Did you know that claims can be brought against an ex-fiance, even when the marriage didn’t go ahead?
It’s a little-known loop-hole in the law, but some individuals may be able to claim from their previous partners, even when the marriage didn’t go ahead. Partner and Family Solicitor at Goughs Solicitors, Ross Phillips, explains more on this complex area of law.
“A couple who have never married, but who separate, are unable to use the broad discretionary law under The Matrimonial Causes Act which applies to spouses who divorce. This act enables spouses to seek monthly maintenance from the other, lump sum orders and property adjustment orders which provide for the transfer, sale or settlement of property.
“Unmarried couples, and indeed the majority of engaged couples who separate, generally only have the ability to advance a claim under the Trusts of Land and Appointments of Trustees Act (TLATA). This enables them to bring claims against the other for an interest in property, whether they are a legal owner or not, depending on the circumstances of the case.
“However, there is a little known, additional provision in the armoury of a formerly engaged person who has made a substantial contribution of money or money’s worth to the improvement of property. This includes real or personal property and so buildings, land or more movable things such as equipment, tools etcetera.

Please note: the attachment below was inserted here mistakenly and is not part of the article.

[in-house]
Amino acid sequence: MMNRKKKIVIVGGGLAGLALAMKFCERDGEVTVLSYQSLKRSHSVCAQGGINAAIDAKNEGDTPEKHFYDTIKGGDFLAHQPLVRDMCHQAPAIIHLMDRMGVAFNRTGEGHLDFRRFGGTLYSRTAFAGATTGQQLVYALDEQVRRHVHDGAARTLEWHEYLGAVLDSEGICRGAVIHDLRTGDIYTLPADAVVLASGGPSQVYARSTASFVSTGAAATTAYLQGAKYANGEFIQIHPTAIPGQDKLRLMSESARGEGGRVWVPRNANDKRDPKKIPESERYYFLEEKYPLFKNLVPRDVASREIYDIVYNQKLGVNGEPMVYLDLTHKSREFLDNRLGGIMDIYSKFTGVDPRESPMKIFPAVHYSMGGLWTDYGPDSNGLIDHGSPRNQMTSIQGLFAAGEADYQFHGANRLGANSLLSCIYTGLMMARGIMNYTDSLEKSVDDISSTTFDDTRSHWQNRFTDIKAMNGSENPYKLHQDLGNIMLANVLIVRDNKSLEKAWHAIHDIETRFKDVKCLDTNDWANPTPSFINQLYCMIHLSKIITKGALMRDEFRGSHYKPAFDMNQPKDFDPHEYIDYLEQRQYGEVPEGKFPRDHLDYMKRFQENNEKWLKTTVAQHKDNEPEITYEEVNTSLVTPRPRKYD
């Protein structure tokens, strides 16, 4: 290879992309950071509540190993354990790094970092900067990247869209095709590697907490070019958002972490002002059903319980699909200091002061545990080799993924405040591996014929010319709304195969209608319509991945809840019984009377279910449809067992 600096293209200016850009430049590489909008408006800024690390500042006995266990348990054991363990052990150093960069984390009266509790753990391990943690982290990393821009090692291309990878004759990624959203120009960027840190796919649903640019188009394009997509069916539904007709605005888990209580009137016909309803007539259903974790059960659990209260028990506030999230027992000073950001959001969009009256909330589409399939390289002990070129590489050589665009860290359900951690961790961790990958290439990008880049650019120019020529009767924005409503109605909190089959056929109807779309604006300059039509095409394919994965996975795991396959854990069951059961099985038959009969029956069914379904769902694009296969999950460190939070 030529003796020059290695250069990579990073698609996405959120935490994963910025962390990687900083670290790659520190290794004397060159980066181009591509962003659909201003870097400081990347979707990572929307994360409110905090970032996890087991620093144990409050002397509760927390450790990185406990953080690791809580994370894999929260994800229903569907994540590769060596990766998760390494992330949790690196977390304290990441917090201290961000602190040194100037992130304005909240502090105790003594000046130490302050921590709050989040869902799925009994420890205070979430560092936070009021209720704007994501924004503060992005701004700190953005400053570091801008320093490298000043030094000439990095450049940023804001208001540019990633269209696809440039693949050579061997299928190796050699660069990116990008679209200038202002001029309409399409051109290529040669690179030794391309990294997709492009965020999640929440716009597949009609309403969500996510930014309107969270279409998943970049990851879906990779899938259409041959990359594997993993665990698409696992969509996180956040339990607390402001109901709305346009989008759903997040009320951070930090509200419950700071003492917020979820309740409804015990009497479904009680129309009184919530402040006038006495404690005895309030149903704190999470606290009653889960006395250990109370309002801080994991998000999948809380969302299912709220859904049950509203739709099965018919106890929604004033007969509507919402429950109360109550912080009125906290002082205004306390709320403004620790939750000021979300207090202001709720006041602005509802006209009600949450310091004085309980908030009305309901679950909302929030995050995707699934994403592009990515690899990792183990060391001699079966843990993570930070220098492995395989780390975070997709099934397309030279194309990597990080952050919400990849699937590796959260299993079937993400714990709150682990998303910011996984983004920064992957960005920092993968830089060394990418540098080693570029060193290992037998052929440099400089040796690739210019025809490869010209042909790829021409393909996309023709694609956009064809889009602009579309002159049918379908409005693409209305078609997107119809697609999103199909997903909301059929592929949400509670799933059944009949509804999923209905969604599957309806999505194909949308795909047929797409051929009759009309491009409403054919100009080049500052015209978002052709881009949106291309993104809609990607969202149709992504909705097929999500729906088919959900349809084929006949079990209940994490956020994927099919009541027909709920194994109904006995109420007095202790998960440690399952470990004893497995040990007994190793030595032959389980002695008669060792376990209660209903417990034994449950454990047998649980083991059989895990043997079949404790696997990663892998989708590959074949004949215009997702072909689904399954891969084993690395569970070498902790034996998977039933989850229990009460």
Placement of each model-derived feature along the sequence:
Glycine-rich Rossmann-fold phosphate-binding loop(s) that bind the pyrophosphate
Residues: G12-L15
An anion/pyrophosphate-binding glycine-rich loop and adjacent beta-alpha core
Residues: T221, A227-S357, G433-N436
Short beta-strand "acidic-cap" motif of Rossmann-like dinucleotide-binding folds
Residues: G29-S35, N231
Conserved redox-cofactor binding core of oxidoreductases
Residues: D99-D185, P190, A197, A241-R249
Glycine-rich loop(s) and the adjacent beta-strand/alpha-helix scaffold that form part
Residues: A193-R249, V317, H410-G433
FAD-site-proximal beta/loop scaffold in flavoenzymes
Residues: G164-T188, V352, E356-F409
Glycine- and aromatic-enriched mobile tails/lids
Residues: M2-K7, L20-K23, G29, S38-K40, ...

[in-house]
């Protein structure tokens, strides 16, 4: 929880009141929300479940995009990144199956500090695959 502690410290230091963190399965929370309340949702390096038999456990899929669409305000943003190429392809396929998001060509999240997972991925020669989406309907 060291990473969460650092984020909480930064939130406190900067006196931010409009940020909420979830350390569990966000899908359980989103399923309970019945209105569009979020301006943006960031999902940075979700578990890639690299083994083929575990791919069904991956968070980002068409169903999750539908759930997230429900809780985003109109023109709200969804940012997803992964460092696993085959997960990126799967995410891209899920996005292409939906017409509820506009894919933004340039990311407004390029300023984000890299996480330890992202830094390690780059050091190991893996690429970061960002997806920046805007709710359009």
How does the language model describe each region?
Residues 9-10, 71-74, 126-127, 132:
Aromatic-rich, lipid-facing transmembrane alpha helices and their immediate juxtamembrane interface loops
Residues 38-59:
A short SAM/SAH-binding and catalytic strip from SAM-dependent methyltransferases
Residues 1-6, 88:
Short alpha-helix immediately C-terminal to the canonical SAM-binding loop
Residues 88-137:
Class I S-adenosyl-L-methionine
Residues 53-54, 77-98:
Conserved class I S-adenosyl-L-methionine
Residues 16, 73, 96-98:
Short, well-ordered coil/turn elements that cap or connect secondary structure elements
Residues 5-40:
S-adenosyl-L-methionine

“In the majority of cases, there is a clear path to recovery of the majority of contributions made by a formerly engaged person by pursuing a share in the property owned by the other person under TLATA and so reported cases under the Married Women’s Property Act 1882 (still valid law today) and the Law Reform (miscellaneous provisions) Act 1970, are very rare. Nonetheless, it is worth bearing in mind if you are in a difficult position and do not have strict protection under property and trust laws and principles.
“Whilst on the subject of claims for formerly engaged parties, it is worthwhile remembering that an engagement ring (sometimes comparable in cost to the initial deposit on a house!) shall be presumed to be an absolute gift unless there is an express or implied condition attaching to it that it should be returned in the event the engagement is called off.”
Goughs Solicitors was established in 1882 and now boasts seven offices based throughout Wiltshire and over 100 members of staff. The firm provides legal services for both individuals and businesses including: Divorce, Separation, Finance and Children, Employment Law, Wills, Trusts & Probate, Commercial & Residential Property services, Real Estate and Corporate services.